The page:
BOGOTA, June 22 (Reuters) - Colombia’s central bank will likely raise its benchmark interest rate to 7.50 percent on Wednesday, in what could be the final increase in a 10-month tightening cycle meant to combat high inflation as policymakers disagree on further hikes.
The seven-member board is expected to vote for a rate increase of 25 basis points to its highest level in seven years, according to 18 of 20 analysts polled by Reuters last week. The two other analysts said the board would hold borrowing costs steady.
Should the survey prove correct, it would mark the tenth consecutive month the central bank has increased the rate, accumulating 300 basis points in raises.
Analysts said a majority of the board would vote in favor of an increase in a bid to anchor still-high inflation expectations and price pressures as economic growth slows down.
“I think in the end that argument will win this month’s meeting,” said Camilo Perez, chief economist at Banco de Bogota.
Twelve-month inflation was 8.20 percent through May, more than double the central bank’s long-term 2 percent to 4 percent target range.
Inflation will reach 6.20 percent this year, analysts said in the survey, up from the 5.95 percent predicted in last month’s poll.
Depreciation of the peso currency, which has fallen 17.6 percent in the last 12 months against the dollar, has also put pressure on prices.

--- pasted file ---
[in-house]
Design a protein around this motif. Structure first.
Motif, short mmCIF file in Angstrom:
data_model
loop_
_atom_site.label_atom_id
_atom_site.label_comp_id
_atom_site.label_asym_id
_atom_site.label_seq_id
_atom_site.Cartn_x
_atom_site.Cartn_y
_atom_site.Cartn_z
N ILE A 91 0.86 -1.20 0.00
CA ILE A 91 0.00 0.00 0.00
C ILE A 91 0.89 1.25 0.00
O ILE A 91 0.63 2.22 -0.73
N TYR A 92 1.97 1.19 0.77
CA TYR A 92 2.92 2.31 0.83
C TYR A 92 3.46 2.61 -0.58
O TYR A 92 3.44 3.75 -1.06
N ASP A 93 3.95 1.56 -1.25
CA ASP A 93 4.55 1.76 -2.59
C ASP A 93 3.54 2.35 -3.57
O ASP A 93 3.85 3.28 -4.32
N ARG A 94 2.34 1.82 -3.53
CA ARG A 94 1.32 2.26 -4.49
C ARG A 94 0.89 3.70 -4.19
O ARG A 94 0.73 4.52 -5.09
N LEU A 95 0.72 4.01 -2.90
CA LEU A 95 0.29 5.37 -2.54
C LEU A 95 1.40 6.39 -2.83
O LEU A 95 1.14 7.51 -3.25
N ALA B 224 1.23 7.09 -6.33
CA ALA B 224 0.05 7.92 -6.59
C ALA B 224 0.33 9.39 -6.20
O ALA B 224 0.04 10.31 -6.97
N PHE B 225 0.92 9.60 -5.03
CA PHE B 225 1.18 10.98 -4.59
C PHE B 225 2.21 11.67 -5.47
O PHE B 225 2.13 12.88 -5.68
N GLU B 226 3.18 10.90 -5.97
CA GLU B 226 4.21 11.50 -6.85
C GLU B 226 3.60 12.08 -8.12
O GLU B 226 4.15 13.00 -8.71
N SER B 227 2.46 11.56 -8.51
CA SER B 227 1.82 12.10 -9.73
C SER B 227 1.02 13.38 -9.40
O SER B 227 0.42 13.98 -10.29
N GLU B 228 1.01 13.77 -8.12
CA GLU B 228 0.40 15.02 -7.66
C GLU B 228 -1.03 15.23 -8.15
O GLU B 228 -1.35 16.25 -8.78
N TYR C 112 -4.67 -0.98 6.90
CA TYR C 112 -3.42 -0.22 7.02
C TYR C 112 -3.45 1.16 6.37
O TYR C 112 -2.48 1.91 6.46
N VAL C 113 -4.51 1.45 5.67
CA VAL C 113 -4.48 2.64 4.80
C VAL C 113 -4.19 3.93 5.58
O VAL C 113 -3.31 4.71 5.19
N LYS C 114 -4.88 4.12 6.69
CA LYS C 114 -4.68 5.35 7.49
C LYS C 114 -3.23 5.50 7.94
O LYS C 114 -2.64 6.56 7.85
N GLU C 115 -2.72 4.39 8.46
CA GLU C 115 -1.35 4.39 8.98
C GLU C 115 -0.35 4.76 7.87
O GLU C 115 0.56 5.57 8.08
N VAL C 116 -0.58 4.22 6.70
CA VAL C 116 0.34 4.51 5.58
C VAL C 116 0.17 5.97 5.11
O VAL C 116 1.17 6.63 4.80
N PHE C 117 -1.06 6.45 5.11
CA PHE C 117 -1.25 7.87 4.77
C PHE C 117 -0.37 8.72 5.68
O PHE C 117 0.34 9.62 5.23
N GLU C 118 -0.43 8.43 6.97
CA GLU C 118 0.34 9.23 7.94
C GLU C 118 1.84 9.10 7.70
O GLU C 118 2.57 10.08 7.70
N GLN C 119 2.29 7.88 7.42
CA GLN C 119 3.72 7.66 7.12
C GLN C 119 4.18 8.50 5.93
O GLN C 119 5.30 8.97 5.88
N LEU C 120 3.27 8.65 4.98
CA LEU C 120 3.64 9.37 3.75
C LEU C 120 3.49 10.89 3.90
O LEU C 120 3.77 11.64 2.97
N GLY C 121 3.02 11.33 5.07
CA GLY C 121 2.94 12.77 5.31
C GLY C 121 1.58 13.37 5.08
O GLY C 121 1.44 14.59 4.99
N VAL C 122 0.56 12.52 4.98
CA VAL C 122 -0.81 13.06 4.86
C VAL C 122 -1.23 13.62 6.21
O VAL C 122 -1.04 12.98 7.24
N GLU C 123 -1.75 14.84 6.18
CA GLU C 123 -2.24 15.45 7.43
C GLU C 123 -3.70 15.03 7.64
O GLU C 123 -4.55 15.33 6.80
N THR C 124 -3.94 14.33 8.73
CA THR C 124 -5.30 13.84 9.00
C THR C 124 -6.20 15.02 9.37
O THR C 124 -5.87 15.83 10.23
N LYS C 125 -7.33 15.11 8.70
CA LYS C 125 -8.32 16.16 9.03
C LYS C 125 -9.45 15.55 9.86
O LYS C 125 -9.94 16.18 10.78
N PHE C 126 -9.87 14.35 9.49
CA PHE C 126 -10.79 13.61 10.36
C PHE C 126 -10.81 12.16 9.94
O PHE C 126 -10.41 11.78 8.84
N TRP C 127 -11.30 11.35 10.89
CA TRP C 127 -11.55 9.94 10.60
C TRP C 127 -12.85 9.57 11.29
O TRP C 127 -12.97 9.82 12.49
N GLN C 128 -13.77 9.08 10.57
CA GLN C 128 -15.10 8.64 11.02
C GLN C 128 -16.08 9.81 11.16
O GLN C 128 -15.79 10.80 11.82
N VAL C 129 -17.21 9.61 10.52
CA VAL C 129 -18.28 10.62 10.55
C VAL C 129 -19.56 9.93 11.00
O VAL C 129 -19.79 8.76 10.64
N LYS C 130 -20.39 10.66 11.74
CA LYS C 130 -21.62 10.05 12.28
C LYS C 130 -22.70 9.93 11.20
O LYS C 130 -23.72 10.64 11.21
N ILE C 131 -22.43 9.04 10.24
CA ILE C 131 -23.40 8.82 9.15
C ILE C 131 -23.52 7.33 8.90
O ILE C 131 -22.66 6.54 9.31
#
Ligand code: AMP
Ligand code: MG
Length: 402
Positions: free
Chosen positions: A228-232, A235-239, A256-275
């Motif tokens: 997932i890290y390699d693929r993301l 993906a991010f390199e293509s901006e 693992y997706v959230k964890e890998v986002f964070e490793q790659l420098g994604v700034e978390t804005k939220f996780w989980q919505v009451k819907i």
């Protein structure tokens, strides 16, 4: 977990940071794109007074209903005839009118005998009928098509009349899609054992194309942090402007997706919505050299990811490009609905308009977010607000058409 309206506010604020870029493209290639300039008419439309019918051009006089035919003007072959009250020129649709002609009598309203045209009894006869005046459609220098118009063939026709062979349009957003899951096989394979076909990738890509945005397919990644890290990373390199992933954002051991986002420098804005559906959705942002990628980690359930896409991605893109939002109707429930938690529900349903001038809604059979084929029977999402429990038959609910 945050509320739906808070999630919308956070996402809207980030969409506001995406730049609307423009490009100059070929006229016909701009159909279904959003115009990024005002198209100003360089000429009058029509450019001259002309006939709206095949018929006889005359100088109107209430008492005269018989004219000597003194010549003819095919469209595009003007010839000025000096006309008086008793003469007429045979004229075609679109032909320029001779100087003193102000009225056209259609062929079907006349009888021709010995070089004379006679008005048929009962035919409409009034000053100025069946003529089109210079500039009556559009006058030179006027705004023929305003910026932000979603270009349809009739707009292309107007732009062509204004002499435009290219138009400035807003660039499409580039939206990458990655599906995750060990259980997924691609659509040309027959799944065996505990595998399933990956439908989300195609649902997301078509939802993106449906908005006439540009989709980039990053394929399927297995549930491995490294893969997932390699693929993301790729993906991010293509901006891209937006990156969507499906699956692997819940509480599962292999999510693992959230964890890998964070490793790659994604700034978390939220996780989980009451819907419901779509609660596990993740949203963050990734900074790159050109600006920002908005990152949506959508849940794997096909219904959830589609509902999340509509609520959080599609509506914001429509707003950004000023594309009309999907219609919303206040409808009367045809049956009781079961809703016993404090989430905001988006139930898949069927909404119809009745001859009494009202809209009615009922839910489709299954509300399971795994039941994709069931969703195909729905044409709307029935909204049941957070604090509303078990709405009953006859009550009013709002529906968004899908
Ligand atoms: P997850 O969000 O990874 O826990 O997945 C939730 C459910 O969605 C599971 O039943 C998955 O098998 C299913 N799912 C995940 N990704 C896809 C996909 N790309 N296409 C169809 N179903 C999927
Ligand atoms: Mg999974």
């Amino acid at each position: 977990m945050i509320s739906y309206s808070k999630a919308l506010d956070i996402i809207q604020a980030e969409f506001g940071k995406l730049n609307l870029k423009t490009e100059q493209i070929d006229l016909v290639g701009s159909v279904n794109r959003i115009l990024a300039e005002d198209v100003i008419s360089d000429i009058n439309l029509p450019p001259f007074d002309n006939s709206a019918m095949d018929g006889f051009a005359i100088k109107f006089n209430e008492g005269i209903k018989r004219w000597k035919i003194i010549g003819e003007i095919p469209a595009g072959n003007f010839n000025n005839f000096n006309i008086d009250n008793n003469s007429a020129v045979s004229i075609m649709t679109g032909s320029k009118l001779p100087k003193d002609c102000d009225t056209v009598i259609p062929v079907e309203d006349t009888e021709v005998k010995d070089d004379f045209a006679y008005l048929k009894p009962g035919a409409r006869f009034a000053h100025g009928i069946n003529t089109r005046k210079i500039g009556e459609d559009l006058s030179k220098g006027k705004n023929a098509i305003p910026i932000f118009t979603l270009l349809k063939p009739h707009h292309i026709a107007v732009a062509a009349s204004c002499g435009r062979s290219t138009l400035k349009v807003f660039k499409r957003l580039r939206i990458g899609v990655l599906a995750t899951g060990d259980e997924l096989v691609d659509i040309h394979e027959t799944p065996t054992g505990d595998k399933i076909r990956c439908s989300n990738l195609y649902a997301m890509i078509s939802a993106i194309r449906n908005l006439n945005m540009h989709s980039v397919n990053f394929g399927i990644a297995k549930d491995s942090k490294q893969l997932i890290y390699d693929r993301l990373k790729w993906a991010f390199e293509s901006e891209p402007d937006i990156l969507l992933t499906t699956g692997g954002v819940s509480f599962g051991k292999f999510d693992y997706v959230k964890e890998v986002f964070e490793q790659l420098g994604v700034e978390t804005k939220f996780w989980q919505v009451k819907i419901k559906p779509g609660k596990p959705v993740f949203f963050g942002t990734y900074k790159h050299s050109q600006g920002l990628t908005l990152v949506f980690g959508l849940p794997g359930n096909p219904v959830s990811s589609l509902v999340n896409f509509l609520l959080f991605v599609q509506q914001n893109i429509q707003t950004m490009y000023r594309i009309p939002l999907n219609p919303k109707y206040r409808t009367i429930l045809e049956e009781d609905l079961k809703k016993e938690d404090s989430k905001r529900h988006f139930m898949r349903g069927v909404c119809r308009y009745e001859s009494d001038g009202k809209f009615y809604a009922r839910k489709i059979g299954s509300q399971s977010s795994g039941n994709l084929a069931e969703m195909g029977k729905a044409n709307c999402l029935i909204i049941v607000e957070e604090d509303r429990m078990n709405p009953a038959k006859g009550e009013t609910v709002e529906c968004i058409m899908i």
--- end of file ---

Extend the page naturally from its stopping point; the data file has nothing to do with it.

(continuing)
Still, policymakers worried about recent economic figures may vote to hold the rate, analysts said, contrasting with board members who want to increase borrowing costs by 25 or even 50 basis points.
The government has recently maintained its 3 percent growth target for the year, but increased its expected fiscal deficit to 3.9 percent of GDP, from 3.6 percent previously.
Finance Minister Mauricio Cardenas, who represents the government on the board, last week said policymakers must be “prudent” with increases to avoid damaging demand and that rate rises “are coming to an end, if they have not already ended.”
Various other board members have commented in recent months that increases to the lending rate are nearing their end, while others have said decisions must hinge on developments reflected in coming economic indicators.
Brazil is the only Latin American country with active monetary policy that has higher borrowing costs than Colombia. (Reporting by Nelson Bocanegra; Writing by Julia Symmes Cobb; Editing by Richard Chang)